Coffee could be considered a staple food of the typical student’s diet.


Coffee could be considered a staple food of the typical student’s diet. It gets us to those pesky 07:30 classes and it might even be the only way we make it through wrist-slitting lectures. Coffee also spurs us on all night when we have to finish assignments that count almost half of our semester mark and it comforts us as we study for exams or tests.

Here at Perdeby, the words “Can I get you some coffee?” surpass banal phrases of love and admiration. A student’s week, however, would not be complete without some form of alcohol to help them unwind on Thursday nights. This is the time when coffee taps alcohol into the ring to get the party started. With that in mind, we have compiled a list of reasons to fuel your coffee and wine addiction.

Happier is he who drinks coffee This January, Fiona Macrae wrote in IOL Lifestyle that coffee may keep depression at bay. A ten-year-long US study confirms the recent findings that “those who had four cups of coffee a day were ten per cent less likely to become depressed than non-coffee drinkers.” Dr Honglei Chen, a researcher in the same study, attributed this to the caffeine in coffee which stimulates the brain. So if you’re feeling blue, have some coffee. It may just make your day.

Cower away cancer, I have coffee According to Michael Downey’s article in Life Extension Magazine published last year, early studies that looked into health benefits of coffee have found a correlation between high coffee consumption and a reduced risk of various cancers. Coffee has been proven to prevent prostate, breast and liver cancer. Coffee’s cancer-fighting superpowers don’t end there though – just last year, IOL Lifestyle reported that researchers at the University of Milan found that coffee can also reduce the risk of mouth and throat cancer. This is due to more than 1 000 chemicals and anti-oxidants found in coffee that contain anti-cancer properties. So now we ask: would you like some coffee? Yes, please.

Live long and prosper with coffee Neal Freedman from the National Institute of Health and the Association of American Retired Persons (AARP) found that people who drink three or more cups of coffee a day have a ten per cent chance of living longer than those people who were not frequent coffee drinkers. This is because coffee helps prevent various diseases such as heart and respiratory diseases, diabetes and infections. It turns out that there is no need for an elixir. A cuppa joe everyday should suffice.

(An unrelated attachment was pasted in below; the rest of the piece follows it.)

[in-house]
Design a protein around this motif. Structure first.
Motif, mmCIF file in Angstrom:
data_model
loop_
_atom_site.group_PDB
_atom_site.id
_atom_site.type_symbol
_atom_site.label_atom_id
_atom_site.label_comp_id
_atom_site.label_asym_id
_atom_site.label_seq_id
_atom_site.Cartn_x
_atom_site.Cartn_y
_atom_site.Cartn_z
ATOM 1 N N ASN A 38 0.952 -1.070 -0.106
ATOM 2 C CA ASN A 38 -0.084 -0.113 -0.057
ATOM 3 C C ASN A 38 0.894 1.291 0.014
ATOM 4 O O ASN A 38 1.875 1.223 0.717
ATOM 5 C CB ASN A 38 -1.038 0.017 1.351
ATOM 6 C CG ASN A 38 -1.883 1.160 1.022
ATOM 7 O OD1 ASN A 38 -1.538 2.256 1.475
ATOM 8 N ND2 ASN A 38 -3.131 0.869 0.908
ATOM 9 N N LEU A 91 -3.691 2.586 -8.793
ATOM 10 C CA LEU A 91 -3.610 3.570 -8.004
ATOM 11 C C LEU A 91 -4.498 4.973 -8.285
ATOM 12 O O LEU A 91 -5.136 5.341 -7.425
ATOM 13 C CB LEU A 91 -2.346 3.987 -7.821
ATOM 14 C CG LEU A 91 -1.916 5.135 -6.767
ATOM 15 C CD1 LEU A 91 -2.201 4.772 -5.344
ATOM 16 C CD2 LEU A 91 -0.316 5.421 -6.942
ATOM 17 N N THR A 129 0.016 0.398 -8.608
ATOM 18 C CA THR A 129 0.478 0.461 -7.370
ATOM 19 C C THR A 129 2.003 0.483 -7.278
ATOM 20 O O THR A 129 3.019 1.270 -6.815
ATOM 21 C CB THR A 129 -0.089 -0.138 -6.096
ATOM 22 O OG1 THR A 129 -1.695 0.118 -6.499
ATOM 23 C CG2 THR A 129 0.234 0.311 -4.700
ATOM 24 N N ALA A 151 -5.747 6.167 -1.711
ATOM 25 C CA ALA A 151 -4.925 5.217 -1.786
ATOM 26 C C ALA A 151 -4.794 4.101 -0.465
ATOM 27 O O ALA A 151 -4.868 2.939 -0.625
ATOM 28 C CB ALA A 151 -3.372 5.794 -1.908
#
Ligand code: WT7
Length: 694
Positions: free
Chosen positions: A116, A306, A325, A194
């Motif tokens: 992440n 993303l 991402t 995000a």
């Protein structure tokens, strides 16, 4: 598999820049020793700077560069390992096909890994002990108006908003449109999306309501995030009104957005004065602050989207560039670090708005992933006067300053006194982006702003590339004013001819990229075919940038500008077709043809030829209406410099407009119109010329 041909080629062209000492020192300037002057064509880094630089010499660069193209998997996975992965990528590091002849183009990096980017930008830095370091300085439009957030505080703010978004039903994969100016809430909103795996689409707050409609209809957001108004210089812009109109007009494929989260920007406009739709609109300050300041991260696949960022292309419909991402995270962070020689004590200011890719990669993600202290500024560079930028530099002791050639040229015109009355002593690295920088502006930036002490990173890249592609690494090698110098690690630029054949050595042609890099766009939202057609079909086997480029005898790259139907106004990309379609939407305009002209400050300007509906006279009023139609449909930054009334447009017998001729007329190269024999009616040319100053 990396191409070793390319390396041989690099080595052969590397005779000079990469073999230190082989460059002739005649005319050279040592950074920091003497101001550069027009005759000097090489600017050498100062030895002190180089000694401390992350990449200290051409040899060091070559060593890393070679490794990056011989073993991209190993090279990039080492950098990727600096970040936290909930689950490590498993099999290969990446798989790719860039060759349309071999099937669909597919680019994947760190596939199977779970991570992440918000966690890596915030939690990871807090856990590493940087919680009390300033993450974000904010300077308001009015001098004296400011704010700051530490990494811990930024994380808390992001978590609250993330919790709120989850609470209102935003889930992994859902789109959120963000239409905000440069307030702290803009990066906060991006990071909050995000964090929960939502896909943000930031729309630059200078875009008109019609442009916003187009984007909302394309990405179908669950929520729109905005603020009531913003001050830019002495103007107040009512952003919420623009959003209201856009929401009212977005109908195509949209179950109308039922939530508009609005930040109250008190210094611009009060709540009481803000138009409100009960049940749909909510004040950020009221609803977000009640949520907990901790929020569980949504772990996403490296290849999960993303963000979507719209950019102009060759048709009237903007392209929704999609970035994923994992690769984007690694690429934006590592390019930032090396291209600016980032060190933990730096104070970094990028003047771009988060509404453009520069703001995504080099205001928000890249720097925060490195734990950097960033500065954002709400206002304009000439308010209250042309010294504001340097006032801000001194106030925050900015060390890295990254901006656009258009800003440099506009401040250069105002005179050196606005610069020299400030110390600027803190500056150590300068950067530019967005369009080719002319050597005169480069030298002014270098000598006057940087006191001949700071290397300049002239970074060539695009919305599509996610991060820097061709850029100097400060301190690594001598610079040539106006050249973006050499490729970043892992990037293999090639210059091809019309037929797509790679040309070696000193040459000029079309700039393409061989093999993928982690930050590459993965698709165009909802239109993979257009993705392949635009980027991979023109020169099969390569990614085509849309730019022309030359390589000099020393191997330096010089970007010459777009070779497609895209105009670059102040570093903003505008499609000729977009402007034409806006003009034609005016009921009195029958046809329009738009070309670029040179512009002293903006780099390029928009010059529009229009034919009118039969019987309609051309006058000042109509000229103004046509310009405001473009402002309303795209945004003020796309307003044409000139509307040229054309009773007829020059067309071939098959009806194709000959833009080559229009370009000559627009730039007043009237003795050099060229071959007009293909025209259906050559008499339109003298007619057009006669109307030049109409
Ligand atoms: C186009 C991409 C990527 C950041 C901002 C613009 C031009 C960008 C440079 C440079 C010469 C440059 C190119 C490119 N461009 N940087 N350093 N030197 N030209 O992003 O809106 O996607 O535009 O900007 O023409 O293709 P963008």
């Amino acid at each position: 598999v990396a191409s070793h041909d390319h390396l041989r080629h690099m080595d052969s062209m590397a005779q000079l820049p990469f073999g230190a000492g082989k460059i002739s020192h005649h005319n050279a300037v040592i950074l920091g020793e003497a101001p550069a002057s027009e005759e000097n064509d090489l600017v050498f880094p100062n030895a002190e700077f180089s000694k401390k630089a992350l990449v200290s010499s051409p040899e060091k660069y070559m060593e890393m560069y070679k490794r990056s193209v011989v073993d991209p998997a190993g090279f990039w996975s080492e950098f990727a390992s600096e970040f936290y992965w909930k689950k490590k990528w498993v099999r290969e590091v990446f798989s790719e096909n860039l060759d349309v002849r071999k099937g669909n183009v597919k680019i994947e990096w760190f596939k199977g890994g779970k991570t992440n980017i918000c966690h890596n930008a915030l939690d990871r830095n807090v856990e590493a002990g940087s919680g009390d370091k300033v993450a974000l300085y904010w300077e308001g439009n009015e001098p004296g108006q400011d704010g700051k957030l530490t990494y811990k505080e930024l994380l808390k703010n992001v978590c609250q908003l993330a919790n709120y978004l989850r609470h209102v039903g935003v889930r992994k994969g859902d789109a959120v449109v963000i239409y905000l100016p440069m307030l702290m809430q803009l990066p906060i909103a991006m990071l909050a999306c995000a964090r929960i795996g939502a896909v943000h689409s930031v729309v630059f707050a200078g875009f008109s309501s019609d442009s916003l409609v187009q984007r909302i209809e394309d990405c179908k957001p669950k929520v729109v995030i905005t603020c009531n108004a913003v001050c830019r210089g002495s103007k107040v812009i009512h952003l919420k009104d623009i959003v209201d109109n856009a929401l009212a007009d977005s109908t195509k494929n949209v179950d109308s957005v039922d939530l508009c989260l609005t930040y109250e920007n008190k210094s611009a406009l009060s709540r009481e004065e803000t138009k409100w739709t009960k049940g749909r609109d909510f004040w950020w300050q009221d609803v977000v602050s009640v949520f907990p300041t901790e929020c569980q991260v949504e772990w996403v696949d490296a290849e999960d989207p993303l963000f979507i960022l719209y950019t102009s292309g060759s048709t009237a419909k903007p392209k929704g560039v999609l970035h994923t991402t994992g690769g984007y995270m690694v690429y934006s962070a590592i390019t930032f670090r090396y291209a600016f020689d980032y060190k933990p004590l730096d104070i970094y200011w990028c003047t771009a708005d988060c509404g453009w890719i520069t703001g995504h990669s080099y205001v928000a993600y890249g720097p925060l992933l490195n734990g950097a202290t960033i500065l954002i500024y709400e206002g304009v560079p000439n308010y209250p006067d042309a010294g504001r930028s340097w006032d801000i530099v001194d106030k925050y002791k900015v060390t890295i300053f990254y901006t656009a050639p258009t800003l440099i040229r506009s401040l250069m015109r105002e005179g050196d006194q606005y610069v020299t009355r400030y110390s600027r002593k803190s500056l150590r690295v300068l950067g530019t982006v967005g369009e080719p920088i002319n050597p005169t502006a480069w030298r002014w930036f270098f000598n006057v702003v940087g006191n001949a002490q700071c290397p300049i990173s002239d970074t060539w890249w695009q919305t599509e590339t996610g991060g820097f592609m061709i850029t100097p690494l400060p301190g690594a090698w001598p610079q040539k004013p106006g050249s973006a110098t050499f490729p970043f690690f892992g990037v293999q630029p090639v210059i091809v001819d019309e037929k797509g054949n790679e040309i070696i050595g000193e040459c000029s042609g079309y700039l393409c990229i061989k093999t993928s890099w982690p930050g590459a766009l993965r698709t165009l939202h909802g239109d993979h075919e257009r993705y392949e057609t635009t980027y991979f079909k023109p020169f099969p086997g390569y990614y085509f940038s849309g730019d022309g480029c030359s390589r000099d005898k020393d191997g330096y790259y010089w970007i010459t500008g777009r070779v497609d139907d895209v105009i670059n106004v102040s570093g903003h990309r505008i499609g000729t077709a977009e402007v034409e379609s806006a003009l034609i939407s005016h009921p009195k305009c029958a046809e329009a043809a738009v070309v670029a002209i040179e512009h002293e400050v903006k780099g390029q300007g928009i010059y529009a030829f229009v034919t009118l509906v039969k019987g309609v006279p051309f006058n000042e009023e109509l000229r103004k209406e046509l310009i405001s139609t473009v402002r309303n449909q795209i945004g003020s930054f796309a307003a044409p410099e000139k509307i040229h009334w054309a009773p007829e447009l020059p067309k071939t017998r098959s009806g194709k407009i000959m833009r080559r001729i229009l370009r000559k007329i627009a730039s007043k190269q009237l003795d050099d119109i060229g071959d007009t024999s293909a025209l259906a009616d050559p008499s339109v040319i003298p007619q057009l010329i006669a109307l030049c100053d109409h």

The ultimate Valentine’s gift Last year, Makini Brice wrote in the Medical Daily that adults who drink three cups of coffee daily have a lower risk of dementia and Alzheimer’s disease. The University of South Florida’s Chuanhai Cao and colleagues found in a four-year study that participants who drink coffee did not develop Alzheimer’s disease. “For those studied who did develop dementia, their blood caffeine levels were 51 per cent lower than those whose cognitive impairment remained level,” Brice said.

Forget about chocolate hearts and roses this Valentine’s Day. Get your significant other a bouquet of forget-me-nots with a jar of coffee. It may prevent your life from becoming a sequel to The Notebook.

Test coming up. I’ll have some wine with that please Most of us are acquainted with the fuzzy feeling that encompasses your brain as you drink. However, Aleisha Fetters writes on that a little alcohol can actually prevent cognitive decline. “Researchers hypothesise that since moderate drinking raises good cholesterol, it can improve blood flow to the brain. Alcohol could also ‘toughen’ brain cells by stressing them a little, preparing them to cope with major stresses later in life that could cause dementia,” says Fetters. Unfortunately, not all alcohol have shown similar results. Researchers suggest that you stick to wine for this one.

Red wine makes the heart grow stronger According to Anna Hodgekiss from the Daily Mail, red wine contains a natural substance called resveratrol which has been found to lower the risk of heart disease. Resveratrol could also increase life expectancy (step aside, Fountain of Youth). Hodgekiss writes that “resveratrol is found in the skins of red grapes and a glass of red wine a day has been put forward as the reason for the longevity of the French, despite a fat-rich diet.”

Red wine, however, might not be the only option when it comes to matters of the heart. According to Fetters, a review done by the Harvard School of Public Health found that “a moderate intake of any boozy beverages can cut your risk of heart disease by up to 40 per cent.”

The benefits of drinking alcohol and coffee have been named, but one word was unanimous with all of Perdeby’s research: moderation. Alcohol might have elixir qualities and coffee might help to prevent cancer, but drinking too much of it could be detrimental to your health.

It’s during tricky situations like these that it helps to remember that even too much sleep is not good for you. Figures, right?

Illustration: Simon-Kai Garvie

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